As the stage of modern history shifts to become one filled with chaos and confusion, marred by violence and a normalization to death, pain, and tragedy, evolution is necessary. Humans, if nothing else, are miraculous in our chameleon tendencies: hiding and hoping that something, some light, will survive.
But now, through years of a global pandemic and an uptick in American gun violence, this country is at an impasse. As death has increasingly become an expectation, treated as if it were nothing, this is the moment, of all the moments, that we discover how we are going to change. Are we going to become complicit to the pain of others, even if not brought by our own hand? Or are we finally going to do something? Be that difference?
With all of this pressure and possibility, I am terrified. Of what? With what? I don’t know. Is there an answer to express the length and depth of fear intrinsic to one’s character? I don’t know.
Am I scared of the horrors that I read about online, the worst possible parts of the human race transcribed into a language I wish was only known by the darkest recesses of my mind?
Or, perhaps, I’m scared of the inverse of this. When all of my questions find their marks stolen because I want to stop knowing. Is that what I’m scared of.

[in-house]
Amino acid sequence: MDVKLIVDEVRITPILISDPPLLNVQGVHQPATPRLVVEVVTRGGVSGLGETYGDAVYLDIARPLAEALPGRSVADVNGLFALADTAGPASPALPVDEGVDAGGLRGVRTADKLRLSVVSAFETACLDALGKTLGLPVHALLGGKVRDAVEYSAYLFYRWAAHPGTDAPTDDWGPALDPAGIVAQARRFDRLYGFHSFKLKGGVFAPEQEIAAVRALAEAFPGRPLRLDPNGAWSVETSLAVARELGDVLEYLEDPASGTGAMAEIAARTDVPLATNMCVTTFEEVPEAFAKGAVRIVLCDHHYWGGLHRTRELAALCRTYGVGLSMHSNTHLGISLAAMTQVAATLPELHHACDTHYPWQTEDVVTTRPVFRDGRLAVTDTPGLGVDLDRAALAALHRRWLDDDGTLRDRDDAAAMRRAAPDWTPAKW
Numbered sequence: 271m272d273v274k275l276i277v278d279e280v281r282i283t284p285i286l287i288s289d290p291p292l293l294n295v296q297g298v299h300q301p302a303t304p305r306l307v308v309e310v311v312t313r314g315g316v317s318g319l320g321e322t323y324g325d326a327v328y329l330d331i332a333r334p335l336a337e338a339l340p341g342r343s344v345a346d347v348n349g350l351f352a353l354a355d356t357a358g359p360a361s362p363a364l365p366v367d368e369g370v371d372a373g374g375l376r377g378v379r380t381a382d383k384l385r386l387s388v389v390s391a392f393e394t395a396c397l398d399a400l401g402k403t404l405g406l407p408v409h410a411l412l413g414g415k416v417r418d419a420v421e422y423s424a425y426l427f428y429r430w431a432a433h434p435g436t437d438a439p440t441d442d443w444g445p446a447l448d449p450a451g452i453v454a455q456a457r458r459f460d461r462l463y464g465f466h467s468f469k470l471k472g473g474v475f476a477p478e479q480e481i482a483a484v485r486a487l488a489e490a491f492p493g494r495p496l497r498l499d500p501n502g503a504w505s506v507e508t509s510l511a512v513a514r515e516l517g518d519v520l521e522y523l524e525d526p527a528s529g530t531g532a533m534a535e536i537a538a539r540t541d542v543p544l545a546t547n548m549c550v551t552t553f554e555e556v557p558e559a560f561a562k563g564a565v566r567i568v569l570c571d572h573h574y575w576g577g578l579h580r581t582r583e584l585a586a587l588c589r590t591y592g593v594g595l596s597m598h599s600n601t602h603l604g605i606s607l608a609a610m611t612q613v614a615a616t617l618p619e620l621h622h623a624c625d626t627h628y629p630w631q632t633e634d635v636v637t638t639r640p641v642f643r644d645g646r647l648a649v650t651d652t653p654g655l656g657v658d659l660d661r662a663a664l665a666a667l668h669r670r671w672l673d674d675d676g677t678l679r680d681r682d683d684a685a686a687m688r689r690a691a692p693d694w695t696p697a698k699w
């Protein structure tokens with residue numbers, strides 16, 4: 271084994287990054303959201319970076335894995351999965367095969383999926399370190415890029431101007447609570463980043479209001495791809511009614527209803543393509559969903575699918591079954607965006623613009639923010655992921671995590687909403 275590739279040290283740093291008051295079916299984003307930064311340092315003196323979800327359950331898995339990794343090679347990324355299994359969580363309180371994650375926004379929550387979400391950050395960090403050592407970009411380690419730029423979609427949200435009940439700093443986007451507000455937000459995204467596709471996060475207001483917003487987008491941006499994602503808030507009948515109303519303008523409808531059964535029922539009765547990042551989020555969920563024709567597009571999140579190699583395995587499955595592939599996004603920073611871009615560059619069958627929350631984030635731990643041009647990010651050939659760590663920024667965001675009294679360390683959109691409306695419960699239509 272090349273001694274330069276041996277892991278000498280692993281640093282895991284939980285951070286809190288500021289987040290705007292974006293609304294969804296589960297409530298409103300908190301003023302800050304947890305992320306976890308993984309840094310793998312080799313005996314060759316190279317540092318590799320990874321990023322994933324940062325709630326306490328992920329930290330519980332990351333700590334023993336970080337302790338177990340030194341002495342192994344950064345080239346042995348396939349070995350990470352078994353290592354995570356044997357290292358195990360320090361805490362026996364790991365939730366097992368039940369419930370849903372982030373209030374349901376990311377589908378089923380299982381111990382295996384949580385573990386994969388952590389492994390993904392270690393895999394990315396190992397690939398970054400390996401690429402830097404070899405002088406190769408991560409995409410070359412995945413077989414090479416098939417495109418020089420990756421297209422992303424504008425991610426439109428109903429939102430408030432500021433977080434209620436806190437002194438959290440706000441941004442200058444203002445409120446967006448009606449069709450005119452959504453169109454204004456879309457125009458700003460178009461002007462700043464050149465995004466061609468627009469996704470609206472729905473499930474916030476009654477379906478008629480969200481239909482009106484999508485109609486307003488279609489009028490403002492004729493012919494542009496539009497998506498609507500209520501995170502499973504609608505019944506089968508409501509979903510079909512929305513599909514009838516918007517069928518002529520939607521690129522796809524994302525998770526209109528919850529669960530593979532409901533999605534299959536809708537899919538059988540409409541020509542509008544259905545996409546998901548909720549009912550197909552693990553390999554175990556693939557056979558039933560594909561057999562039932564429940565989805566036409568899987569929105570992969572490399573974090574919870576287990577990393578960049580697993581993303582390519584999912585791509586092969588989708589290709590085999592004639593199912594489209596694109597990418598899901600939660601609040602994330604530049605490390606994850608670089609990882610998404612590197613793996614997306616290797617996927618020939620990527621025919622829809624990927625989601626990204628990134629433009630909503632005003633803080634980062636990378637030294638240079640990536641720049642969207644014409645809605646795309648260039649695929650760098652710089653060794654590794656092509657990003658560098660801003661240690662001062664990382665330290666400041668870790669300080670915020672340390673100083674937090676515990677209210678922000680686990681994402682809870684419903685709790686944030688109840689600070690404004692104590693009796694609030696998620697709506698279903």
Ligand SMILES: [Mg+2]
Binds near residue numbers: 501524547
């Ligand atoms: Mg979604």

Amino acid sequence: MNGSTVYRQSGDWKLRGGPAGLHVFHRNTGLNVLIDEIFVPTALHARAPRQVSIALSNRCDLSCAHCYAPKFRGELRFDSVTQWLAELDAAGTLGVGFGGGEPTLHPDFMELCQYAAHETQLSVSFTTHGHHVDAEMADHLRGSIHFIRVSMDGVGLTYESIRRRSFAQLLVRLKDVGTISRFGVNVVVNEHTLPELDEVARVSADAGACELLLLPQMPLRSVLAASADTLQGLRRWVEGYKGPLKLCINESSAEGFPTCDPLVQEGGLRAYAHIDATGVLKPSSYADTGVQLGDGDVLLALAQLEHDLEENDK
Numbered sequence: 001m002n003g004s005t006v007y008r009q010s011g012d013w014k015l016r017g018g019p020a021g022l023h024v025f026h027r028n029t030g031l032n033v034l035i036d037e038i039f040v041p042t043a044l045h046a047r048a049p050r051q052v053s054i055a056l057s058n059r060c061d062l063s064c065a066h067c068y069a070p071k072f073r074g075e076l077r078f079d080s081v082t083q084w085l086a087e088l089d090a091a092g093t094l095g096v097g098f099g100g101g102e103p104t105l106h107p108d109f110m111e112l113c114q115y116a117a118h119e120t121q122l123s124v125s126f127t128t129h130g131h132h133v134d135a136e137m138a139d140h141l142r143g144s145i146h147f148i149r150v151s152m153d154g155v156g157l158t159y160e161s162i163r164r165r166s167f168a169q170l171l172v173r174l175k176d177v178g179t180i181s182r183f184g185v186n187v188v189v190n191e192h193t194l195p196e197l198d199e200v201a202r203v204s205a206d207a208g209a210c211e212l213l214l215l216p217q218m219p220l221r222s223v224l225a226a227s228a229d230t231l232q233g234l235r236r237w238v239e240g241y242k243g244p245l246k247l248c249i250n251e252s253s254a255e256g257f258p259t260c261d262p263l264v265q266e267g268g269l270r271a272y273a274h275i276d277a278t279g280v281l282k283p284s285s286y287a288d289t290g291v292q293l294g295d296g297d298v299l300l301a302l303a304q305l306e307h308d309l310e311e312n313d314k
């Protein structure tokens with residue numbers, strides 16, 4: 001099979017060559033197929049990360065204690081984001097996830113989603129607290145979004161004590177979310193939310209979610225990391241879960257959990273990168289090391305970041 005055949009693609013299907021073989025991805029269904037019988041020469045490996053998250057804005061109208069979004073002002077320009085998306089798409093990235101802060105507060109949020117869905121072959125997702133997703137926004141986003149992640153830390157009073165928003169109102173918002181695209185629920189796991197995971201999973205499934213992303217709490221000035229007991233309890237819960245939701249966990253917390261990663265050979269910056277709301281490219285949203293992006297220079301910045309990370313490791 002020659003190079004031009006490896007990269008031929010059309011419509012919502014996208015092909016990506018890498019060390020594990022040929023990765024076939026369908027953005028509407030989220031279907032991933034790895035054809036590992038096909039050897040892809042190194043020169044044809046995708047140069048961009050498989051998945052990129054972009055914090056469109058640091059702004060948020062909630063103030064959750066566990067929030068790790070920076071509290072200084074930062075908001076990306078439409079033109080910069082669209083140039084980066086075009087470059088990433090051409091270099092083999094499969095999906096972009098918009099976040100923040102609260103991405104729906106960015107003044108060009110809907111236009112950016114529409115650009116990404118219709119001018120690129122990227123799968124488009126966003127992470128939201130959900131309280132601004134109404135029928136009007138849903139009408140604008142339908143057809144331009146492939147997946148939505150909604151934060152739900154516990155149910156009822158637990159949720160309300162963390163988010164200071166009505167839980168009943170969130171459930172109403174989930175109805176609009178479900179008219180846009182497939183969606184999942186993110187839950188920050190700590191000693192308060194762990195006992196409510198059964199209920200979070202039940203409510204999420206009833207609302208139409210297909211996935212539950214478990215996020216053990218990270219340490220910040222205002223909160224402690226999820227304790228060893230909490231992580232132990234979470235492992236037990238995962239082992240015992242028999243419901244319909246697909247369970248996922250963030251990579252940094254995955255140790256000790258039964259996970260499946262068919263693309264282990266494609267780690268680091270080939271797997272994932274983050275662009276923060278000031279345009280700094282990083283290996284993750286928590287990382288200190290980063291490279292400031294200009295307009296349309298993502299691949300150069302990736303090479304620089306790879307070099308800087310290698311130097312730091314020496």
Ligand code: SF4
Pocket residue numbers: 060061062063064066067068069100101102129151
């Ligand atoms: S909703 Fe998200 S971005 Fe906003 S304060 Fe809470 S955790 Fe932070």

I don’t know. I don’t even know what has brought us here: to a place in our song where so many voices have been silenced, but we must continue to sing anyway, as if we are still one. What has led to this? To see that our parents have suffered as we have suffered. To wonder if our children will suffer, and still not make a change.
Will we be that difference? Will there be a day when I am no longer terrified? Or is this the best the world will ever be.
I don’t know.
The cost of living is a dead man’s truth: we are so constantly surrounded by death that a reality of numbness is not a symptom or a side effect of being alive, it is what it means to be alive. From a young age, we learn not just that we will die, but that some deaths are going to be better than others. Life is a privilege, and our bookend should be treated as if it is nothing, because we are nothing.
Out of everything out there in the world, in this horrible, horrible world, what is a normal reaction to this? To know there is someone out there who has been in pain, and someone else who is in pain? Who is now irreparably broken?
What is normal supposed to mean?
Haven’t we all become used to being terrified.
Writing and photography by Hazel J. Hall.